It was in Ray's office that our romanticized, starry-eyed plan began it's transformation to concrete, complicated reality. In spite of all our reading and research, the list of things we didn't know about how to purchase a piece of land was still much longer than the list of things we did. Thankfully, Ray was more than happy to help us escape some of our naivety.
First up, he introduced to us the existence, purpose and importance of a "perc test", a method of measuring the absorption rate of soil. These tests are key in the process of septic permitting, helping to determine the style of septic design allowed on a given piece of property. This is of vital importance—if the soil doesn't absorb fast enough, or if the seasonal high water table rises above a certain point, the only (easily legally accepted) recourse is a complicated-and-expensive mound system.
We had vague notions of including composting toilets and alternative grey-water management systems in our homestead plans, but it seems that trying to use these common-sense ideas will almost undoubtedly result in battling a lot of regulatory policy (which we may attempt).
The final semi-letdown was learning about the impact of zoning. During our research, we'd become enamored by an advertisement for a beautifully wooded property abutting a national forest. It was fifty acres and they only wanted $50,000! Unfortunately, it was zoned for "recreational use", which we learned made it illegal to live year-round on the property.
That explained why many of the listings we'd seen (and briefly fallen in love with) were so cheap. The responsibility of zoning a piece of land usually belongs to just a handful of folks in the county, though... maybe we could convince them to change it? Doubtful.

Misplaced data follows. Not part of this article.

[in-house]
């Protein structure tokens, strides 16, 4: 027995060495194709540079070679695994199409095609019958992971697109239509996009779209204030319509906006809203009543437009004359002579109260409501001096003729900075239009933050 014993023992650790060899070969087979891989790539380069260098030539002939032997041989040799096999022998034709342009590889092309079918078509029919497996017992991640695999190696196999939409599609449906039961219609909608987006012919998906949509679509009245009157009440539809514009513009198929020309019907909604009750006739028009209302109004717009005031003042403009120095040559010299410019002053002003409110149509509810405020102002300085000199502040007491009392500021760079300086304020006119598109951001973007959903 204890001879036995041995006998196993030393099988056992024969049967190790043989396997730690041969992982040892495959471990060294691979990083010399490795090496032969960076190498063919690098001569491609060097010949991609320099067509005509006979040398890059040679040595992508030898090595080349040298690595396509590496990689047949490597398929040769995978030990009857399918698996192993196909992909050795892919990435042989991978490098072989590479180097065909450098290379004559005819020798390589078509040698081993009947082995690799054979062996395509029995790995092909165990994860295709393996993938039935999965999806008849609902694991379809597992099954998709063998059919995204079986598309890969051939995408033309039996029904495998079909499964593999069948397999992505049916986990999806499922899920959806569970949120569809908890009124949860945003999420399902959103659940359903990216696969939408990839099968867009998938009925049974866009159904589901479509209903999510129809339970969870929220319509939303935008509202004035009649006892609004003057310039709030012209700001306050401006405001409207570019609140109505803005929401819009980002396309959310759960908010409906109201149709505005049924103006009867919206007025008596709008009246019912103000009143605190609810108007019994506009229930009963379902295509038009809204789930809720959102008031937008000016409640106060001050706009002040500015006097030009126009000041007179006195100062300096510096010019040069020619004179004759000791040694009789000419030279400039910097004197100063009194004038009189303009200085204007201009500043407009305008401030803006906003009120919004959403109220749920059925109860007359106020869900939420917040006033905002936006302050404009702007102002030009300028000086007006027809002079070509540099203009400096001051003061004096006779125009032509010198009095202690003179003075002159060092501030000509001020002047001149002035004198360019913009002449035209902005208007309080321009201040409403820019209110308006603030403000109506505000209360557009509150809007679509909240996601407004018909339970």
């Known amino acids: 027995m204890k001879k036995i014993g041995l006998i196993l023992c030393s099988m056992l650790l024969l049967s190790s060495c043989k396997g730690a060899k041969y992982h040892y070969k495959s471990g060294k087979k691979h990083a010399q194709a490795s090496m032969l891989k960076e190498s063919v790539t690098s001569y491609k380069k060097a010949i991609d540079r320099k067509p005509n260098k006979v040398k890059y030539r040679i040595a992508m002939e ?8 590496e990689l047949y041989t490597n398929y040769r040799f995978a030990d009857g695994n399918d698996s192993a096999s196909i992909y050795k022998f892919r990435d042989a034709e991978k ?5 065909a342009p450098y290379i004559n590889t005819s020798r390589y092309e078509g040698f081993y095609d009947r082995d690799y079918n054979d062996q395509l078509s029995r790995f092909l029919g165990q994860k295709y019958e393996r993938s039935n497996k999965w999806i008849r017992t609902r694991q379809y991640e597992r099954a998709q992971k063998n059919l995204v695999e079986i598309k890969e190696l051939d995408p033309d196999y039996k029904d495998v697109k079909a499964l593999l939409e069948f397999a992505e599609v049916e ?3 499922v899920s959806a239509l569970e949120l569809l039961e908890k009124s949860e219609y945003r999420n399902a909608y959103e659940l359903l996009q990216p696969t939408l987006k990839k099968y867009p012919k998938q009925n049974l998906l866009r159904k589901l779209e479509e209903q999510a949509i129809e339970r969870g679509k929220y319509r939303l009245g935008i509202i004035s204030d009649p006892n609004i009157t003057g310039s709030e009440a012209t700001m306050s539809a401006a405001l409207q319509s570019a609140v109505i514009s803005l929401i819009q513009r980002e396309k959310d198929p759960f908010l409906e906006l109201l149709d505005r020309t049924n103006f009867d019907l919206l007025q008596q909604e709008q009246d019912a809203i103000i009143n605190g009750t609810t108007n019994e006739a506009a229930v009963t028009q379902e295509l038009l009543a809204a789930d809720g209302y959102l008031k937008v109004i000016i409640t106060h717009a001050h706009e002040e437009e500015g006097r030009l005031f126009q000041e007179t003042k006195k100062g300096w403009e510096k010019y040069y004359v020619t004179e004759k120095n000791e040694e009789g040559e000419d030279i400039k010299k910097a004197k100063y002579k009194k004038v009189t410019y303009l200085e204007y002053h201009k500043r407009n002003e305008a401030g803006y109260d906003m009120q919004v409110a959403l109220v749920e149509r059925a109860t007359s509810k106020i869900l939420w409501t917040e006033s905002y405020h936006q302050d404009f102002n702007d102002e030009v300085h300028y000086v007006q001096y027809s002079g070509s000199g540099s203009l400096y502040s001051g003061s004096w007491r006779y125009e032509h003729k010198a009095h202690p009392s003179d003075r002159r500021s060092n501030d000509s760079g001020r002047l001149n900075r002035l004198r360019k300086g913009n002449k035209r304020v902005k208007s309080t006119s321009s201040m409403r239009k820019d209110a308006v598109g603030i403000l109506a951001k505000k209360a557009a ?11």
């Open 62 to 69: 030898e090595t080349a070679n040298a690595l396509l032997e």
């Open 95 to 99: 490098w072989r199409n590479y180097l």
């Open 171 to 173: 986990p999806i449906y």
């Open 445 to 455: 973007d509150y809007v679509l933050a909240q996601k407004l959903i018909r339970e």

On a more positive note, we were floored to learn that Vermont has an extremely relaxed building code! "Hell, you could just set up a yurt and live in that if you want," Ray told us jovially when we asked about it. We were astounded that a realtor knew what a yurt was, and even more heartened when he didn't bat an eye as we told him of our cob/strawbale/stone building dreams.
Leaving Ray's office, we drove into the countryside towards two parcels he'd encouraged us to visit, feeling a little more knowledgeable about this whole land-procuring business. Armed with more information about the bureaucracy and hoop jumping that awaited, the project felt a little less romantic, but we knew that realization was an inevitable part of this process.
Soon, we arrived at the first plot: thirteen-and-a-half wooded acres, up a very steep hill, abutting a mountain. Though we had read and fantasized about the land, with its old wooden sugar shack and ideal location close to both town and the mountains, we were surprised by how we felt about it when we got there. We disliked it immediately. It just felt wrong. It was too steep, too wooded, too visible from the road, and the sugar shack was creepy and uninviting rather than quaint.
Thus we learned another invaluable lesson about this land-hunting process. Looking at photos online, reading descriptions of various properties, it was easy to form imaginary stories about them. We could talk all day about "Quintessential Vermont 20 acre building lots with - apple & maple trees, meandering stone walls, rural yet easy access to all conveniences," but seeing the land in person was an entirely different—and necessary—experience.
Though neither of the two properties we saw that day were right for us, we drove away feeling empowered. As we rode through the night, across the Green Mountains of Vermont towards our house-sitting duties in Maine, we were excited. For in some small way, we were starting, getting the ball rolling, slowly but surely turning our dreams into reality.